In his staged photographs Torbjørn Rødland depicts young people in a magnificent Scandinavian nature. The sap green glades, trickling streams and snow covered woodland floors appear idyllic and serene. But in Rødland the modern world encroaches on nature and man’s romantic yearning for Nordic nature and naturalness is revealed to be an unattainable ideal.
DescriptionA young nude woman is posing on a rock on the fringe of a forest. Tall and slight, with curly auburn hair, she is resting on her right underarm. Her face is hidden by a black visor with a white Jolly Roger. The sun is shining, and in the background water trickles down the large protruding rocks.
About the work
Pirate updates the romantic notion of the Nordic landscape and the woman as idealised nature. Featuring beautiful, unspoiled nature, bathed in a poetic ‘Nordic’ light, the photograph is a type of depiction of nature which refers to the national romantic landscape painting in which man is united with nature through a great experience of nature.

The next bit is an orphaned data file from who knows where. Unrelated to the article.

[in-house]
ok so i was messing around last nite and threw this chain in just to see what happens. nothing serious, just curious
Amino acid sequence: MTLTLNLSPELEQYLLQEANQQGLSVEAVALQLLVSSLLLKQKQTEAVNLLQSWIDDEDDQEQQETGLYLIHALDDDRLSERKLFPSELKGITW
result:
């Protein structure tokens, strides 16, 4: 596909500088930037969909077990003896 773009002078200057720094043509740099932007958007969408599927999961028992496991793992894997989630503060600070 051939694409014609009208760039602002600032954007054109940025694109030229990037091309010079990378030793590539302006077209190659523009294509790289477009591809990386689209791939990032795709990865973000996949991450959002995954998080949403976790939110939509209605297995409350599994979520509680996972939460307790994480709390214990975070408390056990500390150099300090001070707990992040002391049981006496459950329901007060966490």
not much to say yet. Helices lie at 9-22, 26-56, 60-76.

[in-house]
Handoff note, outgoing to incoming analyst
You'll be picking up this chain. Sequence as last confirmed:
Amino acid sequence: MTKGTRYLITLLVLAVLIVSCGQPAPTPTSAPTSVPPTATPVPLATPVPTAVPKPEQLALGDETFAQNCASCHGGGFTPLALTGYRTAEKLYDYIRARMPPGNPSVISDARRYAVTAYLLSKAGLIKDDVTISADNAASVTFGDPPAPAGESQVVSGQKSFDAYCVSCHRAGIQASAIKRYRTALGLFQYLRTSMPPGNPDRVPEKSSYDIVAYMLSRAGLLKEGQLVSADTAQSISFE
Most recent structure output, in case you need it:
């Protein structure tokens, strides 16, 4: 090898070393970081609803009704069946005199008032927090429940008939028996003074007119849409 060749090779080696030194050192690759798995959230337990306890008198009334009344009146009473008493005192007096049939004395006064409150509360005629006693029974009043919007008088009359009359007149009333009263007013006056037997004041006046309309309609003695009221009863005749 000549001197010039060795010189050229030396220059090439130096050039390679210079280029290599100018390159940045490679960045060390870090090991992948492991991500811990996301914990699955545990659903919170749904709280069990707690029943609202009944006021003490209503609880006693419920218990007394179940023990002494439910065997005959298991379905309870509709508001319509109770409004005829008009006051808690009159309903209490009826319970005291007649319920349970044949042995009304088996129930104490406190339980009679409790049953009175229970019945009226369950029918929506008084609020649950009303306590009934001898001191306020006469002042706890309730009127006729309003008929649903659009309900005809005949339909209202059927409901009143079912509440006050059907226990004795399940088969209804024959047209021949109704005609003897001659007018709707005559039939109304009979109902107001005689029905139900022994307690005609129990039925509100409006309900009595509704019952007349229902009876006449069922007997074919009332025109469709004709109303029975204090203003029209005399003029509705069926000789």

In Pirate, however, the ideal world is disrupted. The portrayed woman’s Jolly Roger visor introduces a foreign element in the magnificent nature. Thus the photograph establishes an obvious contrast between nature and culture, between nudity and industrially manufactured consumer goods.
About Torbjørn Rødland’s art in generalRødland’s photographic practice is inspired by the American ’Picture Generation’ which includes artists like Sherrie Levine, Louise Lawler and Richard Prince. This trend in photography provided the foundation for a new conceptual and staged kind of photography in the 1980s.
Torbjørn Rødland studied at Ragaland University Centre in Stavanger 1989-1991 and at the National College of Art and Design in.....